The Chartered Institute of Taxation (CIOT) is calling for timely relief for losses suffered by companies in the COVID pandemic period similar to that used in the past to keep more businesses afloat in an economic crisis.
The CIOT wants the Government to allow businesses to benefit from a three-year carry back of corporation tax losses arising during the pandemic.1 This would give a cash flow boost to businesses with a track record of paying tax that have been affected by the impact of COVID because they will be able to claim a refund of corporation tax paid in the previous three years.
The current position is that if a company or organisation is liable for corporation tax and makes a loss from trading, they can set that loss against profits in the previous 12-month accounting period, reducing their corporation tax bill for that period (and if the tax has already been paid, earning a refund). The CIOT is proposing that this ‘carry back period’ be extended to three years as a short-term measure because of the pandemic.
The CIOT makes the call in a Budget submission. In the submission the Institute also calls for a relaxation of the rules around the recently introduced 50 per cent loss relief restrictions.2 This would allow all companies to get full relief for losses arising because of the pandemic.
Adrian Rudd, Chair of the CIOT’s Corporate Taxes Committee, said:
“A three year carry back of business tax losses arising over the period of the pandemic would give businesses with a track record of making profits and paying tax, but which have suffered over the last year, a much-needed cash injection.
“There is precedent for such a measure during previous times of severe economic downturns. Similar measures were implemented in the recession around 1990 and, again (though on a more limited basis), in 2009 in response to the financial crash of 2008.”
The additional flexibility could be focussed on losses arising because of the pandemic by
limiting the extended carry back to trading losses arising in accounting periods overlapping, say, the year from 1 March 2020.
Adrian Rudd continued:
“Permitting an extended carry back of losses would be a measure focussed on businesses with a recent track record of profitability. We accept that that is not the same as future viability, but it is one of the best proxies available.
“The cost of the carry back proposal would reverse out when businesses start to make a profit in the future, as they will begin to pay tax again sooner without the losses that they have already carried back. We would expect the immediate cost of the loss relief to be less than the costs which would arise for the economy if businesses fail.”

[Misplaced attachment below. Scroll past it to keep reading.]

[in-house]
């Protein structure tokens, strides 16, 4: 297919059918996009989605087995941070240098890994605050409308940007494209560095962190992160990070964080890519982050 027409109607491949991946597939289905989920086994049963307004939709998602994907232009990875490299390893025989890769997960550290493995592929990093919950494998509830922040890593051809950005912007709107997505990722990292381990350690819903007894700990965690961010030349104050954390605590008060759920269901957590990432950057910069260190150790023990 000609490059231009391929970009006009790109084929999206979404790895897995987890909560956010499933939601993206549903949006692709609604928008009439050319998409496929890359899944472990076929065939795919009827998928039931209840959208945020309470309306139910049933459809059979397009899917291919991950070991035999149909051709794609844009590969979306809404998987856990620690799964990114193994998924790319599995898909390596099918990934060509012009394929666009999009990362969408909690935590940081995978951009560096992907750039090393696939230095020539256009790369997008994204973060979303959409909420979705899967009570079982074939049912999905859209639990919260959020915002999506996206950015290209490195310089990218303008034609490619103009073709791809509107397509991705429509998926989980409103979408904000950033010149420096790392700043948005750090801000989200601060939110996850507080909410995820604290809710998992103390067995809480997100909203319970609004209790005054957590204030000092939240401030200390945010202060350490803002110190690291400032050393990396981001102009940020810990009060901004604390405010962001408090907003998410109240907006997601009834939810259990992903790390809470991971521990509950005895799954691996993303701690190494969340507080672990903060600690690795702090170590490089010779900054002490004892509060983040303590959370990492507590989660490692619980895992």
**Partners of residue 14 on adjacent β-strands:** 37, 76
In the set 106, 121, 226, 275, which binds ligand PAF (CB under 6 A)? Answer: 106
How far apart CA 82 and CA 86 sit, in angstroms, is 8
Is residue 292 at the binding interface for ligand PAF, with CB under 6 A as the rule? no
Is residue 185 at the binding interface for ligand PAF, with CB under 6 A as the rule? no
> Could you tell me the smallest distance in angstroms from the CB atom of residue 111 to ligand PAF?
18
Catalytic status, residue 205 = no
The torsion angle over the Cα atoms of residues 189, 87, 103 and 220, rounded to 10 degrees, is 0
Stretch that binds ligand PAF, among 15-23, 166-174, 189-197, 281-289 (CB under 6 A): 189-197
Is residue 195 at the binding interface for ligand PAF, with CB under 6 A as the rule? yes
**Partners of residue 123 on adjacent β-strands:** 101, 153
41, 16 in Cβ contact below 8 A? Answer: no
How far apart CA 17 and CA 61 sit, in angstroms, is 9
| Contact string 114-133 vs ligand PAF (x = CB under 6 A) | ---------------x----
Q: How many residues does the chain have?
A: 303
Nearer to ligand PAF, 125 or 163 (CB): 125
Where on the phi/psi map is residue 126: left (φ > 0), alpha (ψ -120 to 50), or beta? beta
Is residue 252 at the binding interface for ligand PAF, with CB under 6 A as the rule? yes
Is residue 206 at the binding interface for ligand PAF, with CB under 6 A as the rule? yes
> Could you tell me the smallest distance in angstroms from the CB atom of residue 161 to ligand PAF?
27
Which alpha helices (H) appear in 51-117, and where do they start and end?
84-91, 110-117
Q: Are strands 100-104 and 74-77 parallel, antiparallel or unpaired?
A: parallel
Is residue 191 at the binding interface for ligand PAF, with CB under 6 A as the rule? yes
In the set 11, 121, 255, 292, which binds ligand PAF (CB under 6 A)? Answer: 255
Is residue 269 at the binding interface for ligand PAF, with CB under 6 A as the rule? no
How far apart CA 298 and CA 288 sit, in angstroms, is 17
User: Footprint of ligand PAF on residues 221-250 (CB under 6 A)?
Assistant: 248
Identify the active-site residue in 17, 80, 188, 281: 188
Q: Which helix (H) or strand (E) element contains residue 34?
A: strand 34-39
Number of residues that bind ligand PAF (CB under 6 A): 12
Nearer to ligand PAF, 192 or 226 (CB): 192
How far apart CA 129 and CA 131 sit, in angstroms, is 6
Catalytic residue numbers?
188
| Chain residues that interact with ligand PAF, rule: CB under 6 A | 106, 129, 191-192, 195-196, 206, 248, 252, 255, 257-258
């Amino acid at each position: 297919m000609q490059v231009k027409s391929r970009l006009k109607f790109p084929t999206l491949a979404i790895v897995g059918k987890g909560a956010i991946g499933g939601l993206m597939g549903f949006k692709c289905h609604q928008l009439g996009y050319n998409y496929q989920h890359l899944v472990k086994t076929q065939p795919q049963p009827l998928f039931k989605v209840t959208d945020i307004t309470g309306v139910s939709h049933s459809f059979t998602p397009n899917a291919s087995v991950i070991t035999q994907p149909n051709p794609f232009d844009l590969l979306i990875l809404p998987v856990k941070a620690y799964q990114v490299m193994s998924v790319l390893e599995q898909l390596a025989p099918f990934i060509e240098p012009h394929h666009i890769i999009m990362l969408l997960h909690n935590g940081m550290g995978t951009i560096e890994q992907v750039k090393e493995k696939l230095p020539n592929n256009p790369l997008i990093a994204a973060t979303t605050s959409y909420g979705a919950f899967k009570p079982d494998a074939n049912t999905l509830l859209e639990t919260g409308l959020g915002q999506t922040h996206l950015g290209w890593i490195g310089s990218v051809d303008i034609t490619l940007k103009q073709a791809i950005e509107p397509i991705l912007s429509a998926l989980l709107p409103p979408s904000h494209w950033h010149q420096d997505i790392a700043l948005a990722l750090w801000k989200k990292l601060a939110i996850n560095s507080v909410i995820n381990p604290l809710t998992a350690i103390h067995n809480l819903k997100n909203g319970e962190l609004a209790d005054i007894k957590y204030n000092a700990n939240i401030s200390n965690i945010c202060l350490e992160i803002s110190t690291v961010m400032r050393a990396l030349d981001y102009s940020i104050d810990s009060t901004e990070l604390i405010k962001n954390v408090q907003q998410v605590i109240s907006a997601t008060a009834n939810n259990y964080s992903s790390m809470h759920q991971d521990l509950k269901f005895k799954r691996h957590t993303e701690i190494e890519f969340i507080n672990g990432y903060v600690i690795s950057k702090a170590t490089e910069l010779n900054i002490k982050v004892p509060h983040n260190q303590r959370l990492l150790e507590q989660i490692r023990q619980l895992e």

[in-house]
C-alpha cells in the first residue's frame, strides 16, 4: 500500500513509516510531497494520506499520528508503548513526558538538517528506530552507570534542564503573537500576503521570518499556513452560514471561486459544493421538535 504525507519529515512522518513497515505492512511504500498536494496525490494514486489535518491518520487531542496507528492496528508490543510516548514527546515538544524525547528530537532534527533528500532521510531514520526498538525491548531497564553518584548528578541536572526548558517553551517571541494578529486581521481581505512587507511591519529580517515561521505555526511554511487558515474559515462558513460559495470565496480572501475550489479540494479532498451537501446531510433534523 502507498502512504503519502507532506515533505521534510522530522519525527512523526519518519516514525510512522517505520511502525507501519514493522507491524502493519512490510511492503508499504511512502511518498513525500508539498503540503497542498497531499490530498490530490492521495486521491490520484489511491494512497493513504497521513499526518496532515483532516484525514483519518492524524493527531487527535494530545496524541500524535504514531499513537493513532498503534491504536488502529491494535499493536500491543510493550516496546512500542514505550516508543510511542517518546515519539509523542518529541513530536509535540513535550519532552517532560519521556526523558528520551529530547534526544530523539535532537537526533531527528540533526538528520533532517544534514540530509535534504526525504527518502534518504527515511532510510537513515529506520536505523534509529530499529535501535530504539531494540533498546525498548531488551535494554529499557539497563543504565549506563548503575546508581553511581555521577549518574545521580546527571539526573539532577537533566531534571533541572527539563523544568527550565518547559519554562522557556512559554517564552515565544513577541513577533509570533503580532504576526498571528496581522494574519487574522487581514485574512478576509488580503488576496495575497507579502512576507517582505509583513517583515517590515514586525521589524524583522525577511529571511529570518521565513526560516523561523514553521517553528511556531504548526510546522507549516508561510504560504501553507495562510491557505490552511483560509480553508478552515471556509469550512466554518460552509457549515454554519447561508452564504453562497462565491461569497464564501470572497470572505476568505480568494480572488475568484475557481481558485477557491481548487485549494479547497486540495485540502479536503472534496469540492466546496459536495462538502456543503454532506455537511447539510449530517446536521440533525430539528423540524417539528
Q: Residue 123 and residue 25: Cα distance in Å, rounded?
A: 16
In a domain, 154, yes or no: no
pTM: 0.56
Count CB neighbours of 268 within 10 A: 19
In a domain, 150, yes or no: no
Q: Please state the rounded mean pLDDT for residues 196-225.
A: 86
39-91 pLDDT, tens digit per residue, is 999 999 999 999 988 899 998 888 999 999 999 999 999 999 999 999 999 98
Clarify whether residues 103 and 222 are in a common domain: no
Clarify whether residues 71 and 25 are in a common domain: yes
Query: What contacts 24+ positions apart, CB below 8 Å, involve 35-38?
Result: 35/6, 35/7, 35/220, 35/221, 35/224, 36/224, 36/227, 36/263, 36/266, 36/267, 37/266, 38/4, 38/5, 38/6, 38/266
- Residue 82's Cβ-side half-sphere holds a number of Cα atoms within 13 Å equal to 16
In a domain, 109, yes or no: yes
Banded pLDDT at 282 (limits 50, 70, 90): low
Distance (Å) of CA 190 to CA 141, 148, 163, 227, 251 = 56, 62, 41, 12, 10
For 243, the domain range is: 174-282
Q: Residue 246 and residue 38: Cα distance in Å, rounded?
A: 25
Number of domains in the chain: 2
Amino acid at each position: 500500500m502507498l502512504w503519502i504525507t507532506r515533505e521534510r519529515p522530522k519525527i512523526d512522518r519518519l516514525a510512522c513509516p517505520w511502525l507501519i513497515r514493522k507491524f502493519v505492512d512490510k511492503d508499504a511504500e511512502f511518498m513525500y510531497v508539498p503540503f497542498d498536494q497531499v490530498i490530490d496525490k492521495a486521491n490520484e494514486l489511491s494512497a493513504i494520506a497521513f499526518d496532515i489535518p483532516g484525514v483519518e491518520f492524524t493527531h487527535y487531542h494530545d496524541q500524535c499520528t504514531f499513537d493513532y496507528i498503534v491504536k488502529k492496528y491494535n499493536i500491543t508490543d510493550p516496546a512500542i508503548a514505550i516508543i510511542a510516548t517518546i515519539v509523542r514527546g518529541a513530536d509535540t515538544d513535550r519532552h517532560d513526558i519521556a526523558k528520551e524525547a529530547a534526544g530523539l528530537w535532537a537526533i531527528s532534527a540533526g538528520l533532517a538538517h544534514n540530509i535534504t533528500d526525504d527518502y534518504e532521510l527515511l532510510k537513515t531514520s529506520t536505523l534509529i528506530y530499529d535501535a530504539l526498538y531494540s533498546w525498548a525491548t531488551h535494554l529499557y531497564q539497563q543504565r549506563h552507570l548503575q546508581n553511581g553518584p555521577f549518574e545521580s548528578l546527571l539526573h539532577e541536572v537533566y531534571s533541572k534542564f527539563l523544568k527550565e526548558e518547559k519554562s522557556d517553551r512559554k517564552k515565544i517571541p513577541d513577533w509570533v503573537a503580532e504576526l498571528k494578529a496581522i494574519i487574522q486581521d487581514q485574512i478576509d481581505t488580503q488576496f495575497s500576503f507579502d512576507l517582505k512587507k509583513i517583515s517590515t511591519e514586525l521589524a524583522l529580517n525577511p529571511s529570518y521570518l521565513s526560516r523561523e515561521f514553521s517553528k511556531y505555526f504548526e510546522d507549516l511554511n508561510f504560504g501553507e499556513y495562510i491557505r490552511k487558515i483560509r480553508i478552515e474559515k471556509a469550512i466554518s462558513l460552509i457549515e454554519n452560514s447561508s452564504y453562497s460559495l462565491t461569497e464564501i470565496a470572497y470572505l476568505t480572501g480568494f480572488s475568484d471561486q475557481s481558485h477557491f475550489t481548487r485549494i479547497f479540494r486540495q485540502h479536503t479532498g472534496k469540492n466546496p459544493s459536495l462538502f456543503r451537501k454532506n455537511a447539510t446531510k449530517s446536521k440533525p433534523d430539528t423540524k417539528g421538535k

Businesses that have done well in the pandemic would not benefit from this measure.
Among other detailed suggestions, the CIOT is calling on the Government to set the level of the Annual Investment Allowance (AIA) on a long-term basis and has suggested £1million per annum.
Adrian Rudd said:
“This will create certainty for businesses contemplating investment projects and avoid arbitrary cliff edges around dates, sometimes announced late in the day, that have been a too common occurrence over recent years due to fluctuations in the level of the AIA. It sends the message that the Government recognises the overall benefit of capital expenditure and investment by businesses.
“Most businesses cite certainty as more important than the precise amount of relief available. Putting the AIA on a more permanent footing would boost investor and business confidence at relatively modest cost to the Exchequer.”
Notes for editors
1. The CIOT’s Budget 2021 Representations: changes to the tax rules effecting companies is here.
The CIOT has made other Budget representations:
The CIOT has made a Budget representation on taxation of property income – link.
The CIOT has made a Budget representation on Capital Gains Tax – link.
2. Companies and groups of companies have a total annual allowance of £5m of carried forward trading losses which can be relieved against total profits. Groups can allocate the allowance between the group companies as they like. If the brought forward trading losses arising from 1 April 2017 onwards are over £5m, only 50 per cent of the excess loss over £5m can be relieved in this way. A similar restriction in respect of capital losses was introduced in April 2020
3. The Chartered Institute of Taxation
The CIOT is the leading professional body in the United Kingdom concerned solely with taxation. The CIOT is an educational charity, promoting education and study of the administration and practice of taxation. One of our key aims is to work for a better, more efficient, tax system for all affected by it – taxpayers, their advisers and the authorities. The CIOT’s work covers all aspects of taxation, including direct and indirect taxes and duties. Through our Low Incomes Tax Reform Group (LITRG), the CIOT has a particular focus on improving the tax system, including tax credits and benefits, for the unrepresented taxpayer.
The CIOT draws on our members’ experience in private practice, commerce and industry, government and academia to improve tax administration and propose and explain how tax policy objectives can most effectively be achieved. We also link to, and draw on, similar leading professional tax bodies in other countries. The CIOT’s comments and recommendations on tax issues are made in line with our charitable objectives: we are politically neutral in our work.
The CIOT’s 19,000 members have the practising title of ‘Chartered Tax Adviser’ and the designatory letters ‘CTA’, to represent the leading tax qualification.